Pc = power of the capacitor (kVAR).
 
If the frequency obtained is too close to that of a harmonic, the value of the capacitor rating should be modified. Most common harmonic frequencies, 3rd, 5th, 7th, etc...
 
Example#3:
for the following transformer:
S = 630 KVA
Usc = 6%
P = 500 KW
Qc = 275 kVAr
Calculate the resonant frequency.
 
Solution:
 
The short-circuit power is: Ssc = S x 100 / Usc = 630 x 100 / 6 = 10500 KVA
 
The resonance frequency will therefore be:
f = fp √(Psc/Pc) = 50 x √(10500/275) = 308.96 Hz
The system will resonate at order n = f/ fp = 6.18
 
 

B- Checking the "No Load" Voltage Rise

 
 
This step is used to check that if the Voltage Constraints Met or not. The basic reason why many plants cannot leave fixed capacitors energized continuously is that the voltage increases too much when the load is low.

The limit on the steady state voltage is generally about 110%.
Above this limit, the transformers will saturate and become overheated. Of course, the life of incandescent lamps is also drastically reduced. If we assume that the normal system voltage could be a 105%, then the capacitors should cause no more than a 5% rise at no load.
For simple cases, the percent voltage rise, ΔV, can be estimated from the kvar of the capacitor and the percent
impedance, Z, and kVA ratings of the main transformer as follows:
%ΔV = (Kvar x %Z) / KVA
Example#4:
Calculate the voltage rise that will result from applying a 350 kvar capacitor at the secondary of a 1000 kVA transformer with an impedance of7%.
Solution:
%ΔV = (Kvar x %Z) / KVA
%ΔV = 350 x 7 / 1000 = 2.45%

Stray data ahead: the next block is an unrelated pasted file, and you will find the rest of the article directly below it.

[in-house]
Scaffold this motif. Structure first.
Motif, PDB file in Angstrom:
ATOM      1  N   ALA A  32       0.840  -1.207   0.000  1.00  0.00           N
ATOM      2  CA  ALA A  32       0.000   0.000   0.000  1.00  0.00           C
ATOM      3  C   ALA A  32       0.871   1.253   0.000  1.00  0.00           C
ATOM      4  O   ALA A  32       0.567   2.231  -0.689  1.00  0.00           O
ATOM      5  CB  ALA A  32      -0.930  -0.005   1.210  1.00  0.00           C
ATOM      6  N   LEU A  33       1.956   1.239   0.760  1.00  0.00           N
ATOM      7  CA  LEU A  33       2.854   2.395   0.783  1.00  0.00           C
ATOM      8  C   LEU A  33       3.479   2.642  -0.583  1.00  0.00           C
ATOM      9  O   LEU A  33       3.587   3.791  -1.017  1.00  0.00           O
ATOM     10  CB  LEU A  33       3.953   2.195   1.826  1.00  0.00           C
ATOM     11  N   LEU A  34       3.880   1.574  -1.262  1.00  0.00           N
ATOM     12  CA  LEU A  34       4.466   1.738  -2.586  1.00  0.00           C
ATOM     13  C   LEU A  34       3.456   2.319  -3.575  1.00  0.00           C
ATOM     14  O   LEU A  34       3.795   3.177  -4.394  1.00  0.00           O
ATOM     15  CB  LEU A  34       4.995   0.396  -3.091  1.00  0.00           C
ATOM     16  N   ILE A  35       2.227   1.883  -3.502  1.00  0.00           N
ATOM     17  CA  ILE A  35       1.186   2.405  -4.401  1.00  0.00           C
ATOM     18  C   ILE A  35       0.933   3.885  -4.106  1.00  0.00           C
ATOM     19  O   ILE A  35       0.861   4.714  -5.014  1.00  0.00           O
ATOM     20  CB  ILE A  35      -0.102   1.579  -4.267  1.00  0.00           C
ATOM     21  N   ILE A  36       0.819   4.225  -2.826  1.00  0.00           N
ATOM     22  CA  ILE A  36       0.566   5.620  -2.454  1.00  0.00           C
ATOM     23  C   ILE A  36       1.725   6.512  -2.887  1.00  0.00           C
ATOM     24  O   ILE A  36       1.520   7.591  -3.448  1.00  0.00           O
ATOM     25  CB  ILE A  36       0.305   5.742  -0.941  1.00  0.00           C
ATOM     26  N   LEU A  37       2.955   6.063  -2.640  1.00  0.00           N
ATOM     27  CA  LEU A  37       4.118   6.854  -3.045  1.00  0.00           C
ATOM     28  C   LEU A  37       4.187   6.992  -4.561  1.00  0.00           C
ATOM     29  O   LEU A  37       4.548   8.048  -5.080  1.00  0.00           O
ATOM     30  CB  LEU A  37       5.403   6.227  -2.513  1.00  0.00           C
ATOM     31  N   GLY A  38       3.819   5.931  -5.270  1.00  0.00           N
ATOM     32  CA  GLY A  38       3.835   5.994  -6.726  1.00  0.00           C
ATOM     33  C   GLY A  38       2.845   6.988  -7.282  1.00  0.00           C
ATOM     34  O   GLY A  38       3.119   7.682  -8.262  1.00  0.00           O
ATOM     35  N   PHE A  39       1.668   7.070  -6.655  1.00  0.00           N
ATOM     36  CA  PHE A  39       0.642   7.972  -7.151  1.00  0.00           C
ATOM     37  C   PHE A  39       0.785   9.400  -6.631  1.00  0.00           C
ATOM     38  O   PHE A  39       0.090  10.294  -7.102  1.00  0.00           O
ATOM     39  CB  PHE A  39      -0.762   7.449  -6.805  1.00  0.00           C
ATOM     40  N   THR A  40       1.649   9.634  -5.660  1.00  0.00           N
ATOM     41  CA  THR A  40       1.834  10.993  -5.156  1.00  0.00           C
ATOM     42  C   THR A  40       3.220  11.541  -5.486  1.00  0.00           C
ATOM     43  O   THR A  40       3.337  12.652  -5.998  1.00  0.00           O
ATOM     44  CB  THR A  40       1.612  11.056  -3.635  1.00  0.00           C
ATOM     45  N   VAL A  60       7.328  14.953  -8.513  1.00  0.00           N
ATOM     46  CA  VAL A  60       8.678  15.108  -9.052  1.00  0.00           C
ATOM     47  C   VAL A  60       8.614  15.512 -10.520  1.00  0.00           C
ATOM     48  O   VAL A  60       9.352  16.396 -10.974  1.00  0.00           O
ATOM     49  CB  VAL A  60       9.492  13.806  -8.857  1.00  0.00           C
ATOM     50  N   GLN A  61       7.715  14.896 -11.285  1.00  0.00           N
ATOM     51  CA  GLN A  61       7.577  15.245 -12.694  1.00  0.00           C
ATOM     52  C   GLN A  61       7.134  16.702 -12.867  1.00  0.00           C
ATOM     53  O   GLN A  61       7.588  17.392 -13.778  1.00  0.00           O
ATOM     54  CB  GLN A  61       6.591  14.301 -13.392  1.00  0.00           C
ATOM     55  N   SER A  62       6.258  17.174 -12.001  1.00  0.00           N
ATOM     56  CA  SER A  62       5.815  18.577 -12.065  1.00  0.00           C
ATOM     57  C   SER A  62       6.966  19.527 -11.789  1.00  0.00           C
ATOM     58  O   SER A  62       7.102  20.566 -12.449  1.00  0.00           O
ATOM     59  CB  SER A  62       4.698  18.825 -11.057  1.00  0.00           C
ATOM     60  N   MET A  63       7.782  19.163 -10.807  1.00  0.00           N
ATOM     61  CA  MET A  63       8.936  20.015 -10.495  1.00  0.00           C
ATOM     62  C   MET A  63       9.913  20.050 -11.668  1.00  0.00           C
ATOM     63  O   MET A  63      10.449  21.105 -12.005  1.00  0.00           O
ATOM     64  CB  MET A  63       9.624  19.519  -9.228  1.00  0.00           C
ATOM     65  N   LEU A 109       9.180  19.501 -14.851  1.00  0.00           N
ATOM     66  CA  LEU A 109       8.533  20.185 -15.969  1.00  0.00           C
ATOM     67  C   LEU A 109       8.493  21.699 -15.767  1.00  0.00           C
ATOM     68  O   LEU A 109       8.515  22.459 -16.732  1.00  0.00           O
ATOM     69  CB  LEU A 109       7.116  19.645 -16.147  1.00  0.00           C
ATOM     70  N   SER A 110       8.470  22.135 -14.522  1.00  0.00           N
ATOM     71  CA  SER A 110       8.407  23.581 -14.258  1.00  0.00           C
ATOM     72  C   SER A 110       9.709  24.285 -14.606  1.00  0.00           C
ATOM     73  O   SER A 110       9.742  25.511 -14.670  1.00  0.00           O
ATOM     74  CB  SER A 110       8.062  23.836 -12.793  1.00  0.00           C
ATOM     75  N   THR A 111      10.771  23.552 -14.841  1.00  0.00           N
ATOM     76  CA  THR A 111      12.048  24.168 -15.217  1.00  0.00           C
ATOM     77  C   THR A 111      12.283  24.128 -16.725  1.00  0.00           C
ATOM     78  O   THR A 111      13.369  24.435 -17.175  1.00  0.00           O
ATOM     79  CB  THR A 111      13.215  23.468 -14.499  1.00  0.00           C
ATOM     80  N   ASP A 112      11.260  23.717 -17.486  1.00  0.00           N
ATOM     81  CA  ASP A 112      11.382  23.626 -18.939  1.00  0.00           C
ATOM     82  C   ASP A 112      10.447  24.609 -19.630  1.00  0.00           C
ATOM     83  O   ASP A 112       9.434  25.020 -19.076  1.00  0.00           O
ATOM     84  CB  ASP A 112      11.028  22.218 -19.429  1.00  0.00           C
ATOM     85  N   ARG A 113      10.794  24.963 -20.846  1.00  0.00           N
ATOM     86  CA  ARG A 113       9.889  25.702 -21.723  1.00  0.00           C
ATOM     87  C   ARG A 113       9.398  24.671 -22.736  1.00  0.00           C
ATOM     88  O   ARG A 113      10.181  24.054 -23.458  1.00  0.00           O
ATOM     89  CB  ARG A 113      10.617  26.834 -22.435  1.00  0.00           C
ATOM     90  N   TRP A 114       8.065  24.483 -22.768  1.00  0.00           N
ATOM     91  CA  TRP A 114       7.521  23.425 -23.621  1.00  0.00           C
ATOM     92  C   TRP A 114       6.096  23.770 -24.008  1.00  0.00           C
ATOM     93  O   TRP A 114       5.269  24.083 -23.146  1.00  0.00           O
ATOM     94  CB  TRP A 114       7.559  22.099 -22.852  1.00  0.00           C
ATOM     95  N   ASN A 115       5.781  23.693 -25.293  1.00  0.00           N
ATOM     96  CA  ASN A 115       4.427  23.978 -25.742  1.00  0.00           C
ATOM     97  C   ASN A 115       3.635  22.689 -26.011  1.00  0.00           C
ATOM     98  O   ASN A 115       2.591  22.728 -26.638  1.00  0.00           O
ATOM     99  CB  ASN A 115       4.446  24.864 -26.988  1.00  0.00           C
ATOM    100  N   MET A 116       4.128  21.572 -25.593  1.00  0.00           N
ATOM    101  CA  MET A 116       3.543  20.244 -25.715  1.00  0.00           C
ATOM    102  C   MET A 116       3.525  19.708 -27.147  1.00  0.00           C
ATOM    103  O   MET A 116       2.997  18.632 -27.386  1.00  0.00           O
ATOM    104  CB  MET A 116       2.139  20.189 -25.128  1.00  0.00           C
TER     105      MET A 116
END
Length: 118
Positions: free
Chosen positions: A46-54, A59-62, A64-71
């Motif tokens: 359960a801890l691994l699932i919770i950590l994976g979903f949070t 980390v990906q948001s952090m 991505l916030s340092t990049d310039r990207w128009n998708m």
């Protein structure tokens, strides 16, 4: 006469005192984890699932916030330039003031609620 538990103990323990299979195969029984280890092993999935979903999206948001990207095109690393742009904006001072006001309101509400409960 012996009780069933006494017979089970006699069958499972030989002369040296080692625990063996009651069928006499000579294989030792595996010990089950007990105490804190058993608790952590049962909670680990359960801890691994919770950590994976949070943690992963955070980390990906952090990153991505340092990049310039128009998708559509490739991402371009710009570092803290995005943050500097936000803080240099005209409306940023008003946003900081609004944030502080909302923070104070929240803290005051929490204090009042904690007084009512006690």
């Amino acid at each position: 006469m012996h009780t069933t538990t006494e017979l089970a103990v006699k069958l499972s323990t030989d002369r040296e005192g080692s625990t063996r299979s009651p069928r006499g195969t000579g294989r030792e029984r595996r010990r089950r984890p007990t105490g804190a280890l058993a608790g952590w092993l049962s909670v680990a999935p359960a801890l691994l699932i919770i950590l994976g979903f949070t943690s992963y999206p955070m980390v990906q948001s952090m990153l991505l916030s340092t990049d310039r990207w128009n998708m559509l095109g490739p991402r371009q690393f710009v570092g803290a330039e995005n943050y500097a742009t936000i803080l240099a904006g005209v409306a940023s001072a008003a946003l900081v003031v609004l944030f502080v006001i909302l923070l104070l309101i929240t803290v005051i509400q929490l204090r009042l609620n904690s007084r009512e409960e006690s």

Also, from the following curve (fig.1) you can find the % voltage drop for any power factor improvement.
 
 
 
Fig.1
 
 
Example#5:
 
Improve power factor from 60 percent to 90 percent, calculate the reduction in voltage drop.
 
Solution:
 
From the above curve, at PF = 0.6 the, Voltage drop = 5.1%
And at PF = 0.9, the voltage drop = 3.6%
So, the reduction in voltage drop = 5.1-3.6 = 1.5%
 
Fortunately, at many plants where this could be a problem, the load seldom drops low enough. Or, if the load is de-energized the capacitors are also de-energized. However, if these conditions can't be guaranteed, some or all of the capacitors will have to be switched.

 

 
Additional Notes for Capacitor Compensation at Transformer
 
  • Before installing a central PFC system at the transformers, it is advisable to consult the utility company concerned.
  • The modern design of transformer features core laminations that only require a small amount of power for reversal of magnetization. If the capacitor power rating is too high, overvoltage conditions may occur during no-load operation.
  • Capacitors with built-in fuse switch-disconnectors are well suited for direct connection to transformer terminals. In this case, the designer should be aware of the fact that the lines to the capacitor are dimensioned for the full short circuit power.
  • The fuse switches are operated under purely capacitive load. They must therefore never be withdrawn when under load or dangerous arcing may otherwise occur! If it is possible to disconnect the capacitor even when the transformer is switched on, a power capacitor with an automatic circuit breaker must be used.
  • The PFC capacitors can be connected to the secondary side of the transformer in a star or delta connection (see fig.2).
 
Fig.2
 

 
Calculation of the Capacitor KVAR Rating for Individual Motors

 
 
  • Induction or "squirrel-cage" motors constitute the single largest group of low power factor loads connected to most power systems making them prime candidates for power factor correction.
  • Fortunately, their reactive power characteristics are nearly constant throughout the entire operating range (Figure 3) making them ideally suited for the application of capacitors. Depending on design, the full load power factor of an induction motor can vary anywhere between 80 to 100 percent, but drops rapidly as the load is decreased (Fig.3).